We are installing a satellite dish and HDTV antenna on our flat membrane roof and need to ground the antennas and the coax cables. There is a steel beam supporting a roof overhang a few feet away, part of an integrated steel skeleton which itself has been grounded. (We have construction photos to verify it.) The easiest thing would be to ground the antennas and cables to that steel beam. It is not practical to run a wire the long distance to the service grounding location.

It is possible to expose the beam by cutting away the roof but we want to minimize the amount of damage done to the roof. Cadweld does not seem practical. A grounding clamp would do the trick but would require exposing a lot of the roof in order to gain access to the side of the flange.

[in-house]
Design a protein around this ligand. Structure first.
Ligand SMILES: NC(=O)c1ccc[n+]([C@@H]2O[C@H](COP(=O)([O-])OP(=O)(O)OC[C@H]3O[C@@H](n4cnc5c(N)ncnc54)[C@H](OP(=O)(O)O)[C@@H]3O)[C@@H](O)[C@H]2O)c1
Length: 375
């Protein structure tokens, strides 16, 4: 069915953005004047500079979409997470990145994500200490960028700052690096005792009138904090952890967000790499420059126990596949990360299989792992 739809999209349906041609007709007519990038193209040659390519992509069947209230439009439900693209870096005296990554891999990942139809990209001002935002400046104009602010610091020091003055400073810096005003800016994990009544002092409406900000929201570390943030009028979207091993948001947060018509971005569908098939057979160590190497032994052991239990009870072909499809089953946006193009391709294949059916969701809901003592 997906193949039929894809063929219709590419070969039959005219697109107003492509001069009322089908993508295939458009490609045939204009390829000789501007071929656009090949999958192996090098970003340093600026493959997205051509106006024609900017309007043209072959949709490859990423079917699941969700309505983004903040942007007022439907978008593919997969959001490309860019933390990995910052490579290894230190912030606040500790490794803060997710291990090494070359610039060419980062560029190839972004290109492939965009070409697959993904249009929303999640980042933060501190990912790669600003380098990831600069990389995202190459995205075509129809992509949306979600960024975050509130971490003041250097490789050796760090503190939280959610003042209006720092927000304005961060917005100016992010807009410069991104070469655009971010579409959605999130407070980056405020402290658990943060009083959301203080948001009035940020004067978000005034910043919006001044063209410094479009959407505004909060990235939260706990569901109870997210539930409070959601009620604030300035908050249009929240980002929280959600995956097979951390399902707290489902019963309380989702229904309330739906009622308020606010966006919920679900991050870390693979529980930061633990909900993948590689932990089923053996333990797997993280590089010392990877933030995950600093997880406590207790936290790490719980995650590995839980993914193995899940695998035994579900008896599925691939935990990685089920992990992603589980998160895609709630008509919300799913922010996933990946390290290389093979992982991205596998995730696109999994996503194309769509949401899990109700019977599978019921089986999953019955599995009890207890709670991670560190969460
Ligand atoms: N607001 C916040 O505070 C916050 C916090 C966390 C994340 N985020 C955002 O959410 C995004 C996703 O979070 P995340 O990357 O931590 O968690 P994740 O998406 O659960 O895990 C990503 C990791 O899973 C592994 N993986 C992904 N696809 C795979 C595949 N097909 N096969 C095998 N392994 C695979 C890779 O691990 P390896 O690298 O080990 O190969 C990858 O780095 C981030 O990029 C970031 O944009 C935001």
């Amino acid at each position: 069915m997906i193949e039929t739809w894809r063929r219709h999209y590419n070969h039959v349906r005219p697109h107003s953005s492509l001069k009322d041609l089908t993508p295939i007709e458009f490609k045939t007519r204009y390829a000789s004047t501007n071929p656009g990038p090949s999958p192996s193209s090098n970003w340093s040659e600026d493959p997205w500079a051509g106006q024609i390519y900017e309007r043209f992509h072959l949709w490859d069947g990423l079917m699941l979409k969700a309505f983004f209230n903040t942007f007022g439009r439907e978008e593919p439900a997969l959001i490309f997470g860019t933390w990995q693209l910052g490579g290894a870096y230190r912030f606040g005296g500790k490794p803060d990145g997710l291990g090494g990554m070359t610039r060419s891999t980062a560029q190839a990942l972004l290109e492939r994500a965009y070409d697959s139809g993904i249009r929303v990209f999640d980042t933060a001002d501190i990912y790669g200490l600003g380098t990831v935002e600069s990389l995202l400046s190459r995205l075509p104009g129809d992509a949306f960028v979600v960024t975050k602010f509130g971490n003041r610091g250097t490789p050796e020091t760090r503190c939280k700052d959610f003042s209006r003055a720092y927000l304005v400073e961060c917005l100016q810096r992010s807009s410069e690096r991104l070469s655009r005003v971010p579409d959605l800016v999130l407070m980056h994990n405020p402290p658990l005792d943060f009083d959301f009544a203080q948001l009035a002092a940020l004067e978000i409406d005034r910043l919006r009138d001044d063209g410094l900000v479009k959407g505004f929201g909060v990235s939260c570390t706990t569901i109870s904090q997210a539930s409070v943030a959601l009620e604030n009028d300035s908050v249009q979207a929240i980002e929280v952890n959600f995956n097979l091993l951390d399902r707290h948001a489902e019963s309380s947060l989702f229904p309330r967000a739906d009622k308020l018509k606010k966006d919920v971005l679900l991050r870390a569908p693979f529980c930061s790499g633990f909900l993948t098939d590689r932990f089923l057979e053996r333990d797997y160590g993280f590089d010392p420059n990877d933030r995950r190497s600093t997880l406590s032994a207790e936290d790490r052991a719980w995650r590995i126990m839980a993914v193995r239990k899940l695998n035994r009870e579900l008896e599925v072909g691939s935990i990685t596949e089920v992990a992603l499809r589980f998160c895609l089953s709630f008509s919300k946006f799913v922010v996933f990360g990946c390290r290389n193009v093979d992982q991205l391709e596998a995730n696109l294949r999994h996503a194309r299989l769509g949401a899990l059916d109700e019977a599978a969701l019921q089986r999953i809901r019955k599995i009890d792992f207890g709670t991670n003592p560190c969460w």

Question: can we drill a hole into the top flange of the steel I-beam and use a self-tapping screw to attach a 6 AWG ground wire to which we could ground the antennas and coax cables? Our thinking is to drill a 1.25" hole down to the flange to expose the steel and then drill, say a 3/8" hole directly into the flange to attach the wire. If so, what specs are appropriate for that screw. What type of conduit would be appropriate to bring the wire through the roof sheathing, insulation and membrane?